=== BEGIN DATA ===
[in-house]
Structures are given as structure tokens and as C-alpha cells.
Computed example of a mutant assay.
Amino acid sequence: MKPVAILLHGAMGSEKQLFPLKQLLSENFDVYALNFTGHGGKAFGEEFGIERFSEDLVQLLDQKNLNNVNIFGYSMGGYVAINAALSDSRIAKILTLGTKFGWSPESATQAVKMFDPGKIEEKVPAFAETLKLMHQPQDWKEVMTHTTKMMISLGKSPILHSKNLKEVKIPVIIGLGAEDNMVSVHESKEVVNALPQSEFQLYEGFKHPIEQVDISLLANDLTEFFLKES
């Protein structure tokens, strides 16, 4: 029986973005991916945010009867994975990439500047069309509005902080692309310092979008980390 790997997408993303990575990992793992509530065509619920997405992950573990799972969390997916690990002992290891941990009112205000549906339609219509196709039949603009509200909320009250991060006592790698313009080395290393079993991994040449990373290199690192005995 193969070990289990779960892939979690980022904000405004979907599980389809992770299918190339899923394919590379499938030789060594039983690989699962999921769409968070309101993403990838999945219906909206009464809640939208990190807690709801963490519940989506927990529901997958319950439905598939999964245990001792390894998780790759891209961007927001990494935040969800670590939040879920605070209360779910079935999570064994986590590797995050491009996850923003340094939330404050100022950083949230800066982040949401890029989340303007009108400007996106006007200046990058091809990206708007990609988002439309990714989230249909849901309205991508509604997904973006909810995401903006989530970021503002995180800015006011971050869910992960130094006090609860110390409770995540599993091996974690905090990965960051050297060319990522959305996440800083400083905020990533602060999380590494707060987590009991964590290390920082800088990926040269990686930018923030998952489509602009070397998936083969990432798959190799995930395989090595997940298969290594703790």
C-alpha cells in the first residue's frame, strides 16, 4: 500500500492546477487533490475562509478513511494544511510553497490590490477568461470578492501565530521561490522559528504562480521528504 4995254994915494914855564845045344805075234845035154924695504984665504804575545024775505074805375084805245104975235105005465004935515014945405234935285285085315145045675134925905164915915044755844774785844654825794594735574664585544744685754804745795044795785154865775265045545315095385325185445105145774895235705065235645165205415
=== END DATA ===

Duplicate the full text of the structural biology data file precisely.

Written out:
[in-house]
Structures are given as structure tokens and as C-alpha cells.
Computed example of a mutant assay.
Amino acid sequence: MKPVAILLHGAMGSEKQLFPLKQLLSENFDVYALNFTGHGGKAFGEEFGIERFSEDLVQLLDQKNLNNVNIFGYSMGGYVAINAALSDSRIAKILTLGTKFGWSPESATQAVKMFDPGKIEEKVPAFAETLKLMHQPQDWKEVMTHTTKMMISLGKSPILHSKNLKEVKIPVIIGLGAEDNMVSVHESKEVVNALPQSEFQLYEGFKHPIEQVDISLLANDLTEFFLKES
């Protein structure tokens, strides 16, 4: 029986973005991916945010009867994975990439500047069309509005902080692309310092979008980390 790997997408993303990575990992793992509530065509619920997405992950573990799972969390997916690990002992290891941990009112205000549906339609219509196709039949603009509200909320009250991060006592790698313009080395290393079993991994040449990373290199690192005995 193969070990289990779960892939979690980022904000405004979907599980389809992770299918190339899923394919590379499938030789060594039983690989699962999921769409968070309101993403990838999945219906909206009464809640939208990190807690709801963490519940989506927990529901997958319950439905598939999964245990001792390894998780790759891209961007927001990494935040969800670590939040879920605070209360779910079935999570064994986590590797995050491009996850923003340094939330404050100022950083949230800066982040949401890029989340303007009108400007996106006007200046990058091809990206708007990609988002439309990714989230249909849901309205991508509604997904973006909810995401903006989530970021503002995180800015006011971050869910992960130094006090609860110390409770995540599993091996974690905090990965960051050297060319990522959305996440800083400083905020990533602060999380590494707060987590009991964590290390920082800088990926040269990686930018923030998952489509602009070397998936083969990432798959190799995930395989090595997940298969290594703790």
C-alpha cells in the first residue's frame, strides 16, 4: 500500500492546477487533490475562509478513511494544511510553497490590490477568461470578492501565530521561490522559528504562480521528504 4995254994915494914855564845045344805075234845035154924695504984665504804575545024775505074805375084805245104975235105005465004935515014945405234935285285085315145045675134925905164915915044755844774785844654825794594735574664585544744685754804745795044795785154865775265045545315095385325185445105145774895235705065235645165205415